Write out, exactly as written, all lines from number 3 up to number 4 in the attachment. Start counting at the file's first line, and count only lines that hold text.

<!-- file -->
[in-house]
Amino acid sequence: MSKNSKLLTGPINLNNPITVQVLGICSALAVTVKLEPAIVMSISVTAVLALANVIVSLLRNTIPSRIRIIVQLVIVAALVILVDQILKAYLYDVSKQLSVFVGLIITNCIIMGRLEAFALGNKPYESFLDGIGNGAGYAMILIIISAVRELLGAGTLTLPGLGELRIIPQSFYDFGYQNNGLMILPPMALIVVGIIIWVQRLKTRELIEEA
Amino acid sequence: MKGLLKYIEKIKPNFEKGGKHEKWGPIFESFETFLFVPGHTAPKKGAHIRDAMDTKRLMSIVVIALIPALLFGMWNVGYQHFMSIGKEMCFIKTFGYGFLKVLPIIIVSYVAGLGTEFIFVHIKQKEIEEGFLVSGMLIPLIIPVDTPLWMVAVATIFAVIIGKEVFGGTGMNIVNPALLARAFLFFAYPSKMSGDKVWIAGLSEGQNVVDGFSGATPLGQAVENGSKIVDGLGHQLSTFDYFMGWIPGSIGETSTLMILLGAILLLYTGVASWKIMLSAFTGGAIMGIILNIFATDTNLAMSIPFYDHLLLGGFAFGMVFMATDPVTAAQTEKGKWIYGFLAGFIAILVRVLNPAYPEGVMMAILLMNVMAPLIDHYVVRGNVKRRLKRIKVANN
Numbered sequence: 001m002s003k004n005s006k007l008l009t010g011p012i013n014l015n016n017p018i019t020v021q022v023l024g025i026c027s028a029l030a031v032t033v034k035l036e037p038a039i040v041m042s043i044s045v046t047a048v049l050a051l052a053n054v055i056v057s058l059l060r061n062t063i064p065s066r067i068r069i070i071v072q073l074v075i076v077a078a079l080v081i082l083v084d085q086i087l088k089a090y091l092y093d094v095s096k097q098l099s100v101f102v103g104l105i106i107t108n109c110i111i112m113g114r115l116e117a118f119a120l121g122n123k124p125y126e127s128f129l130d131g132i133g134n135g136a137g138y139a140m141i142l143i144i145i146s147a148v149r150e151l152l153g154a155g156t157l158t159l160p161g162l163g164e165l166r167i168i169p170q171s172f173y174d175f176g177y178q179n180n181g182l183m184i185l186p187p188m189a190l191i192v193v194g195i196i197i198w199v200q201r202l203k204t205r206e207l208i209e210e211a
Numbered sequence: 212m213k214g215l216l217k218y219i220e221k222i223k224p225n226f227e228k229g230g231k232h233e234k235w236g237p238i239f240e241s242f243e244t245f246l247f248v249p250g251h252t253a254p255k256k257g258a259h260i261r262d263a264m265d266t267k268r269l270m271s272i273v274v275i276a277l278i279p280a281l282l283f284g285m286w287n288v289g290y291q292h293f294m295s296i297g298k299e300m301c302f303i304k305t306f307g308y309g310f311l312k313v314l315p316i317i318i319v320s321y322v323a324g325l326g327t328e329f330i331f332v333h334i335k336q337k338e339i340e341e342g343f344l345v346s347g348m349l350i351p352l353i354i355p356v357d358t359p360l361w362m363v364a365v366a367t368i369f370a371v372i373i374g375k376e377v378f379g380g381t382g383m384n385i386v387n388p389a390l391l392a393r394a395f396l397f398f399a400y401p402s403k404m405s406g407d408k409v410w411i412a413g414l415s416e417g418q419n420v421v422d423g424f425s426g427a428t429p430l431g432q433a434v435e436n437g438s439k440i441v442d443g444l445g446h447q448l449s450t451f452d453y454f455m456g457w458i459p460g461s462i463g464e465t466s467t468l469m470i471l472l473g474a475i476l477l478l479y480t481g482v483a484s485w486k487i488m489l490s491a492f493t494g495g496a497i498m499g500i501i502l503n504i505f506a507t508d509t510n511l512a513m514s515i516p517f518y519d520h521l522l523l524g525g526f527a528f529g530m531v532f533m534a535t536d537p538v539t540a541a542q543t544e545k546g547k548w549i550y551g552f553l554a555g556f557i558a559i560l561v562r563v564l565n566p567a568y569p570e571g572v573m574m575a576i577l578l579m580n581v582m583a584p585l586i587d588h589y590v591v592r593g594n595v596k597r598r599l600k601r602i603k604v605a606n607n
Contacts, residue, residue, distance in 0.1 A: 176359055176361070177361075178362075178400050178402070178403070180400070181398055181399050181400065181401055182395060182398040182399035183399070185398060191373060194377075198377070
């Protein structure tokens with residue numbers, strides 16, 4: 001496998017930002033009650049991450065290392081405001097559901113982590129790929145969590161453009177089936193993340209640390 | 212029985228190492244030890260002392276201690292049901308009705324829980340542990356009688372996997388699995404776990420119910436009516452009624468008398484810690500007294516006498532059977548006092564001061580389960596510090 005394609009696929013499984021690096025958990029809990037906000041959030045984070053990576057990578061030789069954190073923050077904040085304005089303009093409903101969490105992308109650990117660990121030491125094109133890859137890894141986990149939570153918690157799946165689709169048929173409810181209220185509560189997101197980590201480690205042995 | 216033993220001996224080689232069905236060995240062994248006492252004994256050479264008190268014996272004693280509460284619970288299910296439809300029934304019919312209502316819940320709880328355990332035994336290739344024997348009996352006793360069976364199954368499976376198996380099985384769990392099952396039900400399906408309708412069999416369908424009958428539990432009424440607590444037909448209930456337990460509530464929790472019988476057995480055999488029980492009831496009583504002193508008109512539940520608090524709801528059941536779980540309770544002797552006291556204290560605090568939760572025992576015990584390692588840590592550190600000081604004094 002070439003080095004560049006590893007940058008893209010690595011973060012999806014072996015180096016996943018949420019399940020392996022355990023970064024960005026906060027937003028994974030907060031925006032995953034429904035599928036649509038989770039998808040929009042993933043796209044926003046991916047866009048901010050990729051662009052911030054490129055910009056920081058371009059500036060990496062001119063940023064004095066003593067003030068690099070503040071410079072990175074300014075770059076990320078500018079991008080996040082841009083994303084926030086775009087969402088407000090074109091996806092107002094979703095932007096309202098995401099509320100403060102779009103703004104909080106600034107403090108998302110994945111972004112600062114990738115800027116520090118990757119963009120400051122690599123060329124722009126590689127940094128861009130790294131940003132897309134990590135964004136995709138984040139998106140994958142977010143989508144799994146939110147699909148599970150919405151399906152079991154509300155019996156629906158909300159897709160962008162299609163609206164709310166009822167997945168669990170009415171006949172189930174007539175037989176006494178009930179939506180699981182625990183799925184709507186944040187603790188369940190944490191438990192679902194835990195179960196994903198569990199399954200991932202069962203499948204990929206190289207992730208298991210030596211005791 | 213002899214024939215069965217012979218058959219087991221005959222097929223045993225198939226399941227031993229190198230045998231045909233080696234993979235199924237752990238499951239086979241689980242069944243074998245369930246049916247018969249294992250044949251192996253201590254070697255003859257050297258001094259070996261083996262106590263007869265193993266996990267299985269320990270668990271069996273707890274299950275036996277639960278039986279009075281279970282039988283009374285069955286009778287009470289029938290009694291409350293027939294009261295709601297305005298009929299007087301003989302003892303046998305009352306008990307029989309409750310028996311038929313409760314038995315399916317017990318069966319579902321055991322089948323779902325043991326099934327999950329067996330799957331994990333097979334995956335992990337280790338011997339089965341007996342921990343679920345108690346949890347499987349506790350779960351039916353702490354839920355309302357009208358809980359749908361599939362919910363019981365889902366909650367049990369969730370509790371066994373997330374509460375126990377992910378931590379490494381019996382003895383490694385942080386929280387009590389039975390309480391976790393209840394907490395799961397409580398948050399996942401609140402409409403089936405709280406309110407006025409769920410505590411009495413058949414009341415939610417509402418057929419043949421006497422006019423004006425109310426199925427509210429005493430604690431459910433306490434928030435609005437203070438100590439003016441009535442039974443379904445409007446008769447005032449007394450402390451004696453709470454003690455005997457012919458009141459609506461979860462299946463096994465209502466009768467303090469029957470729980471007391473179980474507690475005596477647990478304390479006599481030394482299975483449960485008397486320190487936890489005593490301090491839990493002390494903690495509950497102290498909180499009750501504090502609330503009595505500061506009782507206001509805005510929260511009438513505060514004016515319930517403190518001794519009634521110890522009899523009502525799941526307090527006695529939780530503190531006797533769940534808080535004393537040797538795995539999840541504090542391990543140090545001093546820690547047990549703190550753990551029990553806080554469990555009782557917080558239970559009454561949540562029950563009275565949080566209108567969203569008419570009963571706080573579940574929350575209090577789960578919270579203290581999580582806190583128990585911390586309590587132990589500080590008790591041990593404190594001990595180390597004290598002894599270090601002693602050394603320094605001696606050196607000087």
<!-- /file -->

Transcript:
Amino acid sequence: MKGLLKYIEKIKPNFEKGGKHEKWGPIFESFETFLFVPGHTAPKKGAHIRDAMDTKRLMSIVVIALIPALLFGMWNVGYQHFMSIGKEMCFIKTFGYGFLKVLPIIIVSYVAGLGTEFIFVHIKQKEIEEGFLVSGMLIPLIIPVDTPLWMVAVATIFAVIIGKEVFGGTGMNIVNPALLARAFLFFAYPSKMSGDKVWIAGLSEGQNVVDGFSGATPLGQAVENGSKIVDGLGHQLSTFDYFMGWIPGSIGETSTLMILLGAILLLYTGVASWKIMLSAFTGGAIMGIILNIFATDTNLAMSIPFYDHLLLGGFAFGMVFMATDPVTAAQTEKGKWIYGFLAGFIAILVRVLNPAYPEGVMMAILLMNVMAPLIDHYVVRGNVKRRLKRIKVANN
Numbered sequence: 001m002s003k004n005s006k007l008l009t010g011p012i013n014l015n016n017p018i019t020v021q022v023l024g025i026c027s028a029l030a031v032t033v034k035l036e037p038a039i040v041m042s043i044s045v046t047a048v049l050a051l052a053n054v055i056v057s058l059l060r061n062t063i064p065s066r067i068r069i070i071v072q073l074v075i076v077a078a079l080v081i082l083v084d085q086i087l088k089a090y091l092y093d094v095s096k097q098l099s100v101f102v103g104l105i106i107t108n109c110i111i112m113g114r115l116e117a118f119a120l121g122n123k124p125y126e127s128f129l130d131g132i133g134n135g136a137g138y139a140m141i142l143i144i145i146s147a148v149r150e151l152l153g154a155g156t157l158t159l160p161g162l163g164e165l166r167i168i169p170q171s172f173y174d175f176g177y178q179n180n181g182l183m184i185l186p187p188m189a190l191i192v193v194g195i196i197i198w199v200q201r202l203k204t205r206e207l208i209e210e211a